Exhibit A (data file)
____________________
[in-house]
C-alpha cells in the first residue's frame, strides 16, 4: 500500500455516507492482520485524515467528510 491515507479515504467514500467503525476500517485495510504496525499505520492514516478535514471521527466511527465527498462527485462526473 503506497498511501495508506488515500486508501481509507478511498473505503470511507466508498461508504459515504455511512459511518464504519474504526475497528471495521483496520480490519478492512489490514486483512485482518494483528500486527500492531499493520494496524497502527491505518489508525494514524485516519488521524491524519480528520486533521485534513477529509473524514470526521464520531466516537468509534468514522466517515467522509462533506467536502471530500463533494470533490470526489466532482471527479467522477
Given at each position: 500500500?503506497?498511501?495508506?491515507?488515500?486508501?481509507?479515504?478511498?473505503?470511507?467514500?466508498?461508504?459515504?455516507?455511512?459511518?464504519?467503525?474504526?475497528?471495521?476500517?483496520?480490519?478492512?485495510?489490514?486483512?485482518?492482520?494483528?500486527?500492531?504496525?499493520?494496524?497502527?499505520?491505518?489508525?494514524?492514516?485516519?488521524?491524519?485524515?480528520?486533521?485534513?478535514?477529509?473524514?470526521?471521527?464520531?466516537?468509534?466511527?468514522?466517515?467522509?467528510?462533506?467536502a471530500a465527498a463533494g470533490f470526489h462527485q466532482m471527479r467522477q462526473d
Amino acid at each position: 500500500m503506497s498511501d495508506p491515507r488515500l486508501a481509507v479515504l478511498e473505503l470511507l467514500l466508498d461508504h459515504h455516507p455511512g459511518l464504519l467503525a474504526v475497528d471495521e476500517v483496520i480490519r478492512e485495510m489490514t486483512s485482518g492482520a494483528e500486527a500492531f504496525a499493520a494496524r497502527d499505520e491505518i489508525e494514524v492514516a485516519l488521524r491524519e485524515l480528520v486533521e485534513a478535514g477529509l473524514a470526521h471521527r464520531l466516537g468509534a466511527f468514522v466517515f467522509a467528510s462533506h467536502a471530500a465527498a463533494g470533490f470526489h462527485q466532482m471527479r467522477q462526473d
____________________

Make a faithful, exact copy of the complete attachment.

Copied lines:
[in-house]
C-alpha cells in the first residue's frame, strides 16, 4: 500500500455516507492482520485524515467528510 491515507479515504467514500467503525476500517485495510504496525499505520492514516478535514471521527466511527465527498462527485462526473 503506497498511501495508506488515500486508501481509507478511498473505503470511507466508498461508504459515504455511512459511518464504519474504526475497528471495521483496520480490519478492512489490514486483512485482518494483528500486527500492531499493520494496524497502527491505518489508525494514524485516519488521524491524519480528520486533521485534513477529509473524514470526521464520531466516537468509534468514522466517515467522509462533506467536502471530500463533494470533490470526489466532482471527479467522477
Given at each position: 500500500?503506497?498511501?495508506?491515507?488515500?486508501?481509507?479515504?478511498?473505503?470511507?467514500?466508498?461508504?459515504?455516507?455511512?459511518?464504519?467503525?474504526?475497528?471495521?476500517?483496520?480490519?478492512?485495510?489490514?486483512?485482518?492482520?494483528?500486527?500492531?504496525?499493520?494496524?497502527?499505520?491505518?489508525?494514524?492514516?485516519?488521524?491524519?485524515?480528520?486533521?485534513?478535514?477529509?473524514?470526521?471521527?464520531?466516537?468509534?466511527?468514522?466517515?467522509?467528510?462533506?467536502a471530500a465527498a463533494g470533490f470526489h462527485q466532482m471527479r467522477q462526473d
Amino acid at each position: 500500500m503506497s498511501d495508506p491515507r488515500l486508501a481509507v479515504l478511498e473505503l470511507l467514500l466508498d461508504h459515504h455516507p455511512g459511518l464504519l467503525a474504526v475497528d471495521e476500517v483496520i480490519r478492512e485495510m489490514t486483512s485482518g492482520a494483528e500486527a500492531f504496525a499493520a494496524r497502527d499505520e491505518i489508525e494514524v492514516a485516519l488521524r491524519e485524515l480528520v486533521e485534513a478535514g477529509l473524514a470526521h471521527r464520531l466516537g468509534a466511527f468514522v466517515f467522509a467528510s462533506h467536502a471530500a465527498a463533494g470533490f470526489h462527485q466532482m471527479r467522477q462526473d